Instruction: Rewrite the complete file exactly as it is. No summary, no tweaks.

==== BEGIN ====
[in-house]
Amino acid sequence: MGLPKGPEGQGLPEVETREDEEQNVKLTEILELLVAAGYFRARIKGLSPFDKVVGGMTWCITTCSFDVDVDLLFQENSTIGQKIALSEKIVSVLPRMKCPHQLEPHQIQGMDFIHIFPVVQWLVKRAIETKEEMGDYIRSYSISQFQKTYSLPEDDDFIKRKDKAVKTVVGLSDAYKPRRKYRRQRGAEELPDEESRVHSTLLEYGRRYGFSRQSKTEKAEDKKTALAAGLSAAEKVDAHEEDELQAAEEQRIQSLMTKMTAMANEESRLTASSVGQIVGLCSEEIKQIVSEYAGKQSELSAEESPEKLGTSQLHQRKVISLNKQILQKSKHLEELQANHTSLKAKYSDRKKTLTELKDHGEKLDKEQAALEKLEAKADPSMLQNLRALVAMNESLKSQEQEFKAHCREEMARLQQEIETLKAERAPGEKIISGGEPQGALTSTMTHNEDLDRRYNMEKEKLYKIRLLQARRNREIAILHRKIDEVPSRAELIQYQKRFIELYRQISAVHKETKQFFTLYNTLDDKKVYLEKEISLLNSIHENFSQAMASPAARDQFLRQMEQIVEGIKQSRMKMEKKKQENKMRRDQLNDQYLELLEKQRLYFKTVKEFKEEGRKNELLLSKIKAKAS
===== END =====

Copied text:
[in-house]
Amino acid sequence: MGLPKGPEGQGLPEVETREDEEQNVKLTEILELLVAAGYFRARIKGLSPFDKVVGGMTWCITTCSFDVDVDLLFQENSTIGQKIALSEKIVSVLPRMKCPHQLEPHQIQGMDFIHIFPVVQWLVKRAIETKEEMGDYIRSYSISQFQKTYSLPEDDDFIKRKDKAVKTVVGLSDAYKPRRKYRRQRGAEELPDEESRVHSTLLEYGRRYGFSRQSKTEKAEDKKTALAAGLSAAEKVDAHEEDELQAAEEQRIQSLMTKMTAMANEESRLTASSVGQIVGLCSEEIKQIVSEYAGKQSELSAEESPEKLGTSQLHQRKVISLNKQILQKSKHLEELQANHTSLKAKYSDRKKTLTELKDHGEKLDKEQAALEKLEAKADPSMLQNLRALVAMNESLKSQEQEFKAHCREEMARLQQEIETLKAERAPGEKIISGGEPQGALTSTMTHNEDLDRRYNMEKEKLYKIRLLQARRNREIAILHRKIDEVPSRAELIQYQKRFIELYRQISAVHKETKQFFTLYNTLDDKKVYLEKEISLLNSIHENFSQAMASPAARDQFLRQMEQIVEGIKQSRMKMEKKKQENKMRRDQLNDQYLELLEKQRLYFKTVKEFKEEGRKNELLLSKIKAKAS